Syrian peace talks — fake diplomacy is no diplomacy

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An editorial in The Guardian says: There can be no more urgent matter than putting an end to the terrible human tragedy and the lethal regional destabilisation produced by the Syrian conflict. This is a war in which 300,000 people have died, which has internally displaced half the country’s population and which has caused more than 4 million to flee the country altogether. Syria has become the worst humanitarian catastrophe of our time. The plight of its people is also dangerously destabilising Europe and exposing weaknesses in its institutions. If the humanitarian crisis were not enough on its own, then the need to resolve Europe’s refugee crisis at its source would be reason enough to pay close attention to the peace talks that are scheduled to begin on Friday in Geneva. Yet even getting everyone round the table is looking fraught.

In the current climate, the stated aim of the talks appears breathtakingly ambitious. Mandated by a UN resolution passed in December, their purpose is to organise a gathering of representatives of both the Assad regime and opposition groups, in the hope that it could eventually lead to the formation of a new government, and later, elections. At this stage of a devastating war, it is tempting to see the very possibility of talks as an achievement in itself. Yet for several reasons there is a danger that they amount to nothing more than fake diplomacy.

First, the question of protecting Syrian civilians has all but fallen off the agenda. There can be no progress without attention to their plight. Second, western powers seem to have made key political concessions to Russia and Iran, the main enablers of the Assad regime. As as result, the Syrian dictator will feel even more empowered to pursue the mass targeting of his own countrymen and to continue a war of attrition in the belief that he will ultimately come out the winner. [Continue reading…]

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Comments

  1. Óscar Palacios says:

    “…western powers seem to have made key political concessions to Russia and Iran, the main enablers of the Assad regime.” Oh, those evil Russians and Iranians! However, the editorial fails to mention that the Kurds were not included as a key political concession to Turkey. I had to read the comments to find out about that, and the fact that this is not mentioned is simply bewildering. Shame on that editorial by The Guardian.

  2. Paul Woodward says:

    The main thrust of the editorial is to challenge the notion that a genuine diplomatic process has been undertaken. In the absence of such a process, it becomes a moot point who happens to be sitting at the so-called negotiating table if talks serve as nothing more than a distraction while the war continues as before.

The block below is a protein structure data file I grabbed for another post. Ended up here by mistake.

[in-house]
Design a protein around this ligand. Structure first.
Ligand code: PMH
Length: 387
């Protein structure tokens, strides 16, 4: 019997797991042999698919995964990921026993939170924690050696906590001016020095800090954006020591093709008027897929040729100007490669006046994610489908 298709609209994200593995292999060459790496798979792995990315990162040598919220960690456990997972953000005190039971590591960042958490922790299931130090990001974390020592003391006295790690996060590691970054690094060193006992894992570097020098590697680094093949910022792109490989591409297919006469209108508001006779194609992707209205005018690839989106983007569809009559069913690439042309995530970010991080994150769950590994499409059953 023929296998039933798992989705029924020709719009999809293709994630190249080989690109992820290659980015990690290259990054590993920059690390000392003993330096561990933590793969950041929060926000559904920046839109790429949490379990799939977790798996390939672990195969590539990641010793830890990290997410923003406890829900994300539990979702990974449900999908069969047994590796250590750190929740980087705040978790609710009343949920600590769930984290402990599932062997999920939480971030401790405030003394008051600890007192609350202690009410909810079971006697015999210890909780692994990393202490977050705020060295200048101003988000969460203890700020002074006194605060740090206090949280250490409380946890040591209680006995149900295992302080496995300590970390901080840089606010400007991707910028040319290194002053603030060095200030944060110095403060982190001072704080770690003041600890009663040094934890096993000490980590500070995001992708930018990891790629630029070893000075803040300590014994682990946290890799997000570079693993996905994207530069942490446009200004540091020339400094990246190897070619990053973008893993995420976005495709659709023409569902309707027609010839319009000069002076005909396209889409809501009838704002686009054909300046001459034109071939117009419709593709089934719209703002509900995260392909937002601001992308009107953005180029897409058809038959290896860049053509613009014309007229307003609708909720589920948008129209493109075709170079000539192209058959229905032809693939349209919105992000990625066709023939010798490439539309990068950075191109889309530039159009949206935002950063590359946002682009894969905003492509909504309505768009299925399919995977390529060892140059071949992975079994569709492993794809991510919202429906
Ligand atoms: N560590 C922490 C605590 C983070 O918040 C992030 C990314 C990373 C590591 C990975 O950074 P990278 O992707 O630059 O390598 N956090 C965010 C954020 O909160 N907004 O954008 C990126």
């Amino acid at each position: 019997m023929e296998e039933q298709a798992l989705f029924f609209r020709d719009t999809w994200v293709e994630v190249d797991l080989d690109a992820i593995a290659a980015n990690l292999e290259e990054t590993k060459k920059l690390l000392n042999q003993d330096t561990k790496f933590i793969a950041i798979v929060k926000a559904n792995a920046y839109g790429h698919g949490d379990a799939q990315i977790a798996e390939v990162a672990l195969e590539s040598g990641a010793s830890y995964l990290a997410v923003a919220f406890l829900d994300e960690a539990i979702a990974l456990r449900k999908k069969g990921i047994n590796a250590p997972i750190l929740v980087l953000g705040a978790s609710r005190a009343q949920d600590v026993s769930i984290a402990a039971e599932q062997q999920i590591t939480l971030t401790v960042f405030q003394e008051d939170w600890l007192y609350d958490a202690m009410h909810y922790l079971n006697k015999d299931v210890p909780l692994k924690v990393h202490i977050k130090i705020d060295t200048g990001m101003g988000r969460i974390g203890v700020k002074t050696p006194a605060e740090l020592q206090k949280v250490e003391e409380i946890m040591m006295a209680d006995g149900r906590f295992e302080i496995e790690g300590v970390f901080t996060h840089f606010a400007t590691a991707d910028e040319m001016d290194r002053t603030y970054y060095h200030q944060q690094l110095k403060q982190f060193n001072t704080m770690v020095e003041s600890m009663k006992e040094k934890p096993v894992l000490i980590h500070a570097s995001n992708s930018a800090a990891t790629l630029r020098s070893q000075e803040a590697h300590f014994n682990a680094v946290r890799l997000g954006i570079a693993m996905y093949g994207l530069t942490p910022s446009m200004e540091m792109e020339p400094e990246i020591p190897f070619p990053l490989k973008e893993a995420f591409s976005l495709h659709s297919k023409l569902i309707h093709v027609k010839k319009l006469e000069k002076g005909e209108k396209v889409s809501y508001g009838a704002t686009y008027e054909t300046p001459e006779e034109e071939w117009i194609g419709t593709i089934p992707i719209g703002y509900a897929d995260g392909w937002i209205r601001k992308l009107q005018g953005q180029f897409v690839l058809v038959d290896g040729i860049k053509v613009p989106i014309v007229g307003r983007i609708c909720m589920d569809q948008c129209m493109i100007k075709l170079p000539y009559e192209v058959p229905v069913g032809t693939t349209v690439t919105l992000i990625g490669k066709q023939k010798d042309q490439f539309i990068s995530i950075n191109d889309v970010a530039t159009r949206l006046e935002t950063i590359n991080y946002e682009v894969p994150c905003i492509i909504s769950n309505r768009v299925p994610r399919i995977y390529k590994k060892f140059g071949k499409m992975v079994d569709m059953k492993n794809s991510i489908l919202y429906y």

Why pour scorn on The Guardian while implying that Russia and Iran are victims of undue criticism? Don’t lose perspective on which powers are having the greatest influence in reshaping the Middle East.

    As for how that reshaping process is playing out right now, some of the most disturbing signs are coming from the areas in Iraq where ISIS has been driven out only for Iran-backed Shia militias to engage in sectarian cleansing.

    Deepening sectarianism is a guarantee for prolonged conflict and the principle culprits in driving this trend are Iran and Saudi Arabia.

  3. Óscar Palacios says:

    Don’t get me wrong. I like The Guardian, but that does not exempt them from criticism. I’m not implying that Russia and Iran are victims of undue criticism either. I’m expressing my disappointment because Turkish meddling in the process contributes every much as Iran’s or Russia’s meddling to make this indeed an act of fake diplomacy, but that wasn’t mentioned at all.

    The editorial later goes on to mention Iran and Russia again: “Meanwhile, Russia and Iran are demanding that the opposition’s delegation to Geneva is modified to include elements approved by the Assad regime and favourable to their own interests. If the US and its allies do not reject this demand, it will in effect kill the legitimacy of the delegation in the eyes of Syrians themselves, and thwart any hope of a genuine negotiation.” So they have enough room for additional criticism of The Bad Guys, but again not a word about Turkish refusal to include the Kurds.

    And the writer is at it again in the last paragraph: “the proper place for pressure is on Mr Assad’s backers in Moscow and Tehran.”

    Ok, I agree that Russia and Iran are Assad’s main enablers, and no doubt that Assad’s regime is genocidal. But the Kurds have also been the victims of a ruthless, sustained and decades-long campaign by Turkey. Kurds are now a major player not only in Syria, but also in Iraq, and they deserve attention. I think they are more moderate than many of their foes. The Guardian added to their plight by not mentioning them at all, perhaps as a polite concession to Turkey.

    So I’ll still be wondering why that writer at The Guardian refused to consider Turkish (or Saudi Arabia’s) meddling simply not worthy of mention. Hey, a sentence would have been enough, it would’ve added balance to an otherwise fine piece.